A four-year war between the Ukraine government and breakaway Moscow-backed rebels in its east has left more than 10,000 people dead and strained relations between the West and Russia.
As the separatist regions of Donetsk and Lugansk hold elections on Sunday, criticised as a sham by the United States and European countries, here is some background.
- Rebel republics declared -
In February 2014 pro-Russian president Viktor Yanukovych was ousted after massive street protests over his government's shunning of closer ties with the European Union.
As a pro-Western government was installed, Russian troops and pro-Moscow forces began seizing ports and cities on the Black Sea peninsula of Crimea in March.
Crimean residents, mostly Russian speakers, voted to join Russia in a referendum that Kiev and the West did not recognise.
Tensions soared in April when pro-Russian demonstrators seized local government buildings in several towns in industrial eastern Ukraine, including Donetsk and Lugansk.
Pro-Russians occupying offices in Donetsk and Lugansk declared their regions to be independent.
Ukraine and its Western allies accuse Russia of instigating the uprising and pouring in arms and troops to bolster the two self-proclaimed republics.
The Kremlin denies the claims despite substantial evidence and has portrayed the war as an internal conflict between an ethnic-Russian minority angered by a "coup" in Kiev and a nationalist government.
- Western backing for Kiev's operation -
Kiev announced an "anti-terrorist" operation to push separatist fighters out of towns in rebel regions but its ill-equipped troops suffered embarrassing early setbacks.
Kiev has been forced to rely on a patchwork of volunteer battalions that are outside of its control, including far-right nationalists.
Government forces suffered a major defeat in August 2014 against rebel forces who were reinforced by several thousand Russian troops according to Kiev and its Western allies.
The two sides signed a first ceasefire agreement in September 2014 in the Belarussian capital of Minsk, followed by a peace deal in February 2015. This led to a drop in clashes but ceasefires have been violated, with sporadic flare-ups in fighting.
US President Donald Trump in March this year approved the delivery of anti-tank missiles to Kiev.
In July Washington pledged $200 million (170 million euros) to bolster Ukraine's military.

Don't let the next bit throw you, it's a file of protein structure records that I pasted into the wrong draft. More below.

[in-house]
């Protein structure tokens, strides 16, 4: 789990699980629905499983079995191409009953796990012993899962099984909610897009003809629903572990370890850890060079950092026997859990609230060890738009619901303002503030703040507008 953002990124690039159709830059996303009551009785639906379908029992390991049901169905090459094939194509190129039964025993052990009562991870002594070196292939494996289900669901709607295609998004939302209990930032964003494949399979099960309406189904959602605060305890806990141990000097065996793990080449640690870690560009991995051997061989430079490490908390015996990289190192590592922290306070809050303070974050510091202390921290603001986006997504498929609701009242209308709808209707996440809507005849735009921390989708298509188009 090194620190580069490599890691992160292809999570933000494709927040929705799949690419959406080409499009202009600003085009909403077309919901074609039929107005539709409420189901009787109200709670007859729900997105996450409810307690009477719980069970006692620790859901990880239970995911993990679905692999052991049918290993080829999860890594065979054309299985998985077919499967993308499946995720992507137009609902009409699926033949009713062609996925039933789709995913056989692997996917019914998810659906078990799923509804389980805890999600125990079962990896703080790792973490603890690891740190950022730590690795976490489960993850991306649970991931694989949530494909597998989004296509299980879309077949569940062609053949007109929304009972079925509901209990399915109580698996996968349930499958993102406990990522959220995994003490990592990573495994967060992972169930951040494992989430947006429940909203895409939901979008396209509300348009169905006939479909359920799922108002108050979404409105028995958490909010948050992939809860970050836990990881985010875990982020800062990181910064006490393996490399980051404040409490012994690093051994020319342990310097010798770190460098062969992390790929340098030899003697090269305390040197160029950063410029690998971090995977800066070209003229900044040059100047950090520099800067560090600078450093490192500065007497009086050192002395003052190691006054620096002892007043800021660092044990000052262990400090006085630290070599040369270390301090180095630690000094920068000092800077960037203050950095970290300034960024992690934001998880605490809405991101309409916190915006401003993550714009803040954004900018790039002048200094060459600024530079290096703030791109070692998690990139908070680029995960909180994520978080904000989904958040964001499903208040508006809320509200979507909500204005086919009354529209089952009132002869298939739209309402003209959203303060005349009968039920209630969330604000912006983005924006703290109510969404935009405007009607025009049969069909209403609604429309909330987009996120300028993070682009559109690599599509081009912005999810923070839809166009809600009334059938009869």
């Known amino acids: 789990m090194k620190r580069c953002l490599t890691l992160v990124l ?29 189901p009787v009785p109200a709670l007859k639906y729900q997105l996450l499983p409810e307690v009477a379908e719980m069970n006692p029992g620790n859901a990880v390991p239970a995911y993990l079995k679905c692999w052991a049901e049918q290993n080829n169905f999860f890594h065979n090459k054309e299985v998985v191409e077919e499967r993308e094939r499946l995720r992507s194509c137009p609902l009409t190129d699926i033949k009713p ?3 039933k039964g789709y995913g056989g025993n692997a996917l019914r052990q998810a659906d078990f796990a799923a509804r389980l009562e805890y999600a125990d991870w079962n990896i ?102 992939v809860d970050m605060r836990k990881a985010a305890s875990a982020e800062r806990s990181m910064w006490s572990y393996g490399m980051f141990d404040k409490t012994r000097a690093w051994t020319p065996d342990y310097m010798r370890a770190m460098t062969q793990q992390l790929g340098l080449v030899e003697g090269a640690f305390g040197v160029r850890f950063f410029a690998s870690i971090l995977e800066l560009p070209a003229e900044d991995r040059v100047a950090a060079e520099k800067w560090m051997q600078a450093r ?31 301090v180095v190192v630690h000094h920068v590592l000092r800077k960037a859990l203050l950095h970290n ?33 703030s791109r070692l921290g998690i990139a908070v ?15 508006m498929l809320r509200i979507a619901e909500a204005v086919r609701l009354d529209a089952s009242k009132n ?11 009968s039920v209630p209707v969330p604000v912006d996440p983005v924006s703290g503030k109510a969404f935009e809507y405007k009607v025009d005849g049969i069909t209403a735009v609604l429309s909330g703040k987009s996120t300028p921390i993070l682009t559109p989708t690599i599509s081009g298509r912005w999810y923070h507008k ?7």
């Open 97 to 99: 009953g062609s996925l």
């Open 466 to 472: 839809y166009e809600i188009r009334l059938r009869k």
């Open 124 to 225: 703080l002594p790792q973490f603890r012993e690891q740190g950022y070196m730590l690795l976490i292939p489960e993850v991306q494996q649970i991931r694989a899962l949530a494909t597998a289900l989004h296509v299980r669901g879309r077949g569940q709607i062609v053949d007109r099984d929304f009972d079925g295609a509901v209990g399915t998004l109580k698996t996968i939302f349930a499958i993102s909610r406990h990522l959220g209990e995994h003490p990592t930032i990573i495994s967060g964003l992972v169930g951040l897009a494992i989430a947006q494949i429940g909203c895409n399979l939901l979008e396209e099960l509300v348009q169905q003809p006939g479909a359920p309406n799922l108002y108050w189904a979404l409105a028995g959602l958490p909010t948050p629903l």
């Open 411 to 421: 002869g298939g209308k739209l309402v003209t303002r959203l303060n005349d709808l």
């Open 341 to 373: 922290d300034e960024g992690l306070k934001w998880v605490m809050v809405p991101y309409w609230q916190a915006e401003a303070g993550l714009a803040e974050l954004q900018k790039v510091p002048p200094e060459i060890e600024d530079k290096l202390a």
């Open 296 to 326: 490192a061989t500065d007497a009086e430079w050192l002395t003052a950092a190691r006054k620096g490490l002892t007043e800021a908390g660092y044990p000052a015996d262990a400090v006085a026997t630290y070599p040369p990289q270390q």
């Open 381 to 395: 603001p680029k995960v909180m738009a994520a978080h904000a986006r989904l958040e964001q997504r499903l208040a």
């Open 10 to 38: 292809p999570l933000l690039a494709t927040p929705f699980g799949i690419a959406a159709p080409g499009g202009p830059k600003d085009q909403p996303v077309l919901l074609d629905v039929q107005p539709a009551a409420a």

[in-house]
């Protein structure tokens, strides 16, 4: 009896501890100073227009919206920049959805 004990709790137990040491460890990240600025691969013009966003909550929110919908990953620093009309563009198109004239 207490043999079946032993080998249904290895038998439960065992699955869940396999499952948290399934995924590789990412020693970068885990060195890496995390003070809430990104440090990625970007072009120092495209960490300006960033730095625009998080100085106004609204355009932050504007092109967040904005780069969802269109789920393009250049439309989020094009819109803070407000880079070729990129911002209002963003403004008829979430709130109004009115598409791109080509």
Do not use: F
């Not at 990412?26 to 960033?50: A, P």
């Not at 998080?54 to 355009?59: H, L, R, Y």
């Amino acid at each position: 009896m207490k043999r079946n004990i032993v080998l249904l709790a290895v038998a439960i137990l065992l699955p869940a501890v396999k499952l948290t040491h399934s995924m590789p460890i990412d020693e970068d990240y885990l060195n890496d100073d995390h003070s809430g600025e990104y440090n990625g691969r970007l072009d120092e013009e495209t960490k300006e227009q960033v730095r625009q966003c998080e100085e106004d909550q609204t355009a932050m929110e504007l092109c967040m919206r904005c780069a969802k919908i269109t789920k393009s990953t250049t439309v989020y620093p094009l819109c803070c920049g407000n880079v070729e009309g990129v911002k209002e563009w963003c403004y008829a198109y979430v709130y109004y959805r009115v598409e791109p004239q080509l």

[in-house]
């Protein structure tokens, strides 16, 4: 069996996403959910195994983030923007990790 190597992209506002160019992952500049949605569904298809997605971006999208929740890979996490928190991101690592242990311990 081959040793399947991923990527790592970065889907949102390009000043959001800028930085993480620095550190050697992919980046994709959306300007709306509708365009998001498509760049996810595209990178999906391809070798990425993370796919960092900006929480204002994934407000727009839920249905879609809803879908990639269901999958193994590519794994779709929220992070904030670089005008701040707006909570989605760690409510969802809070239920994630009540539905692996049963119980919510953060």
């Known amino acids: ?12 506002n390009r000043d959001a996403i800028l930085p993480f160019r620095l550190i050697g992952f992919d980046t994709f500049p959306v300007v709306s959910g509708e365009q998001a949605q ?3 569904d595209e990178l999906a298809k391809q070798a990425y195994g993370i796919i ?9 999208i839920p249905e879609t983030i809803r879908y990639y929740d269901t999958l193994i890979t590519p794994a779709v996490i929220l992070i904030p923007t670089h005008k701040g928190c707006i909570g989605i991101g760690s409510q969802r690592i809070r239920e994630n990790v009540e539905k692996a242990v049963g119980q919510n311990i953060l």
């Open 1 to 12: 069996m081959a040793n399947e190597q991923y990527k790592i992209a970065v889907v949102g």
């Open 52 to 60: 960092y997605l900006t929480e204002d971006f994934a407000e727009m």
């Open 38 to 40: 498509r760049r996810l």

- 'Sham' polls -
The rebel republics are largely dependent on Russian financial aid and Kiev has had no control for the last four years. Both also have their own self-proclaimed presidents.
A number of their military and political figures have been killed over the past years in attacks blamed on infighting. There are also unverified claims of targeted operations by Ukrainian special forces.
In the most prominent assassination, the head of the self-proclaimed Donetsk People's Republic, Alexander Zakharchenko, was killed in an explosion in August 2018.
His successor will be elected in the November 11 polls, which have been strongly criticised by Western nations.
"While Ukraine takes positive steps to promote peace, Russia is stoking conflict by staging sham 'elections'," the US embassy in Kiev wrote on Twitter on Wednesday.
Last month eight European countries said the elections were "illegitimate" and called on Russia to use its clout to halt them.
"Russia must play its part by ending its financial and military support to the separatists and withdrawing its armed forces and military equipment from Ukrainian territory," their statement said.
- Economic shambles, corruption -
Heavy military spending and the loss of vital industries in the separatist regions has weighed heavily on Ukraine's economy, which shrank by over 16 percent during 2014 and 2015, while 2016 saw an upturn with 2.5 percent growth.
Efforts to privatise state enterprises and find foreign investors have failed, with some analysts and politicians blaming the country's ingrained corruption.
Kiev negotiated a large debt writeoff deal with private creditors in 2015 and secured a $17.5-billion rescue loan from the IMF and other aid from foreign allies. Ukraine received only $8.7 billion, however, because of the slow pace of its reforms.
In October the IMF granted a new $3.9-billion-dollar credit line, though Ukraine has not yet received the money, needed for the country to make big debt repayments next year and in 2020.
Ukraine has also received 2.8 billion euros in EU aid since 2014.